Rep. Ben Carpenter
Alaska House of Representatives, District 8

October Newsletter/Start of Fourth Special Session

Alaskans, your legislature gaveled into it’s FOURTH special session yesterday. Governor Dunleavy’s proclamation can be found here. I supported the House majority’s waiver of our rules requiring a floor session every third day and instead passed a resolution requiring a meeting by October 12. This action is intended to save money and provide opportunity for committee meetings to be held on the road network. It will require committee chairpersons to act when heretofore they have mostly paid lip-service to addressing our PFD dilemma or fixing our structural deficit. The resolution must still be passed by the Senate to become effective. Until that happens, we must meet every three days and our next floor session is scheduled for October 8th. Time will tell if committees meet and do the necessary work which is why I supported amending the next meeting date to October 12. If our committees continue to obfuscate, then we need to re-assess our need for a fourth special session, sooner rather than later. Next Tuesday we should have a good feel of whether we are wasting time, or not.

While I hold out hope that legislators can deal with the PFD issue and our structural deficit, I am aware that many Alaskans have a much more immediate need on their minds.

For many people, ordinary uncertainty about the future has been replaced with precariousness.

Throughout 2020, perceived danger lurked behind every sneeze and cough, every personal interaction was fraught with risk of illness.  For some people, the danger of dying from Covid-19 was mitigated by government response: vaccination. Some people trusted in government to make them safe.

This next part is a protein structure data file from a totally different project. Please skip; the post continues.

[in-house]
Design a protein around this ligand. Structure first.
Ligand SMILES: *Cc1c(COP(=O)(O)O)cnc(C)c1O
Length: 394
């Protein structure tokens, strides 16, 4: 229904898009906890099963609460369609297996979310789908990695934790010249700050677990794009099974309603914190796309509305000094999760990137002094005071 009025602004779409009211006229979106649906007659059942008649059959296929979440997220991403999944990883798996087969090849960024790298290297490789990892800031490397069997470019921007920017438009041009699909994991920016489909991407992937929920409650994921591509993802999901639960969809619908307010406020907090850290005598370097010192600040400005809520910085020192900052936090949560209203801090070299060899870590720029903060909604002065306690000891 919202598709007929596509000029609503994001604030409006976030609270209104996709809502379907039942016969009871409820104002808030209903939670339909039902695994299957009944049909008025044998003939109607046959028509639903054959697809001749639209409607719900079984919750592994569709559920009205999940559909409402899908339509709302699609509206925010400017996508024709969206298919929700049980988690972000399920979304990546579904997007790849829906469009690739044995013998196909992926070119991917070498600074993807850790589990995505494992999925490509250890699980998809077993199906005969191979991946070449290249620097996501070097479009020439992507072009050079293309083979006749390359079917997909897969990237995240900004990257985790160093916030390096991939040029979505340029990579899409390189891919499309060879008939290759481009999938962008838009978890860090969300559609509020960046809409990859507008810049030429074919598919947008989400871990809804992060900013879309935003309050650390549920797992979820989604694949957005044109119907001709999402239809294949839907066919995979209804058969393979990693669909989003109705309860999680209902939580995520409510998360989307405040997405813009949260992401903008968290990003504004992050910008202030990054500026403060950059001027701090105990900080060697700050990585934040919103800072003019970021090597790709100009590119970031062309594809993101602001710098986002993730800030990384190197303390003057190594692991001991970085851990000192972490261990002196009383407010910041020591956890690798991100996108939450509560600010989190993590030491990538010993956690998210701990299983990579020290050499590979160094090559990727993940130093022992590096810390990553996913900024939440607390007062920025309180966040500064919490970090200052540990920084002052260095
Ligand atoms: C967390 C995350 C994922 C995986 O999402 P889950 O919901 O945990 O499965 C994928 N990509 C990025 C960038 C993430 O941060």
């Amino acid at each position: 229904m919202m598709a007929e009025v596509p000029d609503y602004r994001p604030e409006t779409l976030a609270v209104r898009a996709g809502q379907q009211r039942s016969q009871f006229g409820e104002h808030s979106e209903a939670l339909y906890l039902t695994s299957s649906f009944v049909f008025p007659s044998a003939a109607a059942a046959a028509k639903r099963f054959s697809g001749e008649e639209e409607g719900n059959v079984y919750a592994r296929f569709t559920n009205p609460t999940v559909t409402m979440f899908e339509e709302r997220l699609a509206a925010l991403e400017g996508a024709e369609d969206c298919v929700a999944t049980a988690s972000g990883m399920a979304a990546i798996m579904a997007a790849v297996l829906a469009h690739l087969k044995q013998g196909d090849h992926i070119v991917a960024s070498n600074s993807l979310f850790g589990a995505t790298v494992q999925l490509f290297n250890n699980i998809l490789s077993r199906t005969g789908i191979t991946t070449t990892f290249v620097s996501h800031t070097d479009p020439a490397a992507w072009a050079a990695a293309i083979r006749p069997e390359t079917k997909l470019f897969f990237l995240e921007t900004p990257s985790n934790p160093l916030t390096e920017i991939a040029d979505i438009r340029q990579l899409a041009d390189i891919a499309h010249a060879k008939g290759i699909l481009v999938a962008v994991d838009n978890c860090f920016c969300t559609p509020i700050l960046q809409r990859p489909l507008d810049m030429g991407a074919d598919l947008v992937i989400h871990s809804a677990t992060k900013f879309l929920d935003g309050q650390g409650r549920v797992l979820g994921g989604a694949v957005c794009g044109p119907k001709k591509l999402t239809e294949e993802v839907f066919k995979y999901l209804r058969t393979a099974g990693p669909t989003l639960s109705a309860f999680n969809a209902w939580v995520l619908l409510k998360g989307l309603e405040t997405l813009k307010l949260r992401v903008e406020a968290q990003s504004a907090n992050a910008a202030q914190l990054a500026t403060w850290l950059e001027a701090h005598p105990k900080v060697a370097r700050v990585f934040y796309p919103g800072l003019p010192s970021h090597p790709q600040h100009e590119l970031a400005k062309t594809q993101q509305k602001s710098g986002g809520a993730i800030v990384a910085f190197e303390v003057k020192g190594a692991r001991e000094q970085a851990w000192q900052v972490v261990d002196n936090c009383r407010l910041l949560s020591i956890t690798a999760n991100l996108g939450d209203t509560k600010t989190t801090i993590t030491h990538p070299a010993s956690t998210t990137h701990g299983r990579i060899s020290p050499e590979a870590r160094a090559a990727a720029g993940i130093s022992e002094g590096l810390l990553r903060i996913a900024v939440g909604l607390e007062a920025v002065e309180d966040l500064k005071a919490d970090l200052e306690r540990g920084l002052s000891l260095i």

There was real danger for some, but most people were never in real danger.

As 2021 draws to a close, a more tangible danger of being made unemployable by government action is creeping into people’s awareness. Not just unemployed, unemployable. American’s risk losing their ability to support themselves and their families if they don’t choose a Covid-19 vaccination, a choice that should remain in the family and between the patient and their doctor. Citizens are being forced to put their trust in government or be ostracized from society, and the government has engaged private business as enforcer.

The Covid-19 vaccinated people, along with the full weight and might of the United States federal government, dare to force vaccination on Americans who choose to place their trust elsewhere. This action doesn’t make Covid-19 vaccinated people safer. The number of people choosing to forgo vaccination isn’t a small number: it’s more than half our population.

Precariousness exists for employers as well. Many Alaskans will refuse to be vaccinated and may have their employment terminated by employers with few alternatives. Alaskan businesses are already suffering from a smaller than normal labor pool, largely because of choices government officials made to mitigate Covid-19 spread. An increasingly smaller labor pool will undoubtedly cause delay, interruptions, and instability in our businesses.

We are rapidly approaching the point where the government cure is worse than the disease. Therefore, I have requested that Governor Dunleavy add to his fourth special session proclamation the creation of a patient bill of rights so that the legislature may act immediately to prevent Alaskans from having to choose between Covid-19 vaccination and remaining employable. You can watch my floor speech here.

Achieving a patients bill of rights will require an outcry from Alaskans because there aren’t currently enough votes in the legislature to pass one with protections from mandatory Covid-19 vaccinations.

On a separate but related topic, today is municipal election day. Maintaining our liberty begins at the local level by electing liberty-minded Alaskans. This election is at risk of being ignored by many because there aren’t big names, lots of money and advertising associated with it. But the opportunity exists to shape our borough assembly and school board with liberty-minded people. It’s up to us to get out to the polls.
Find information on municipal elections here!

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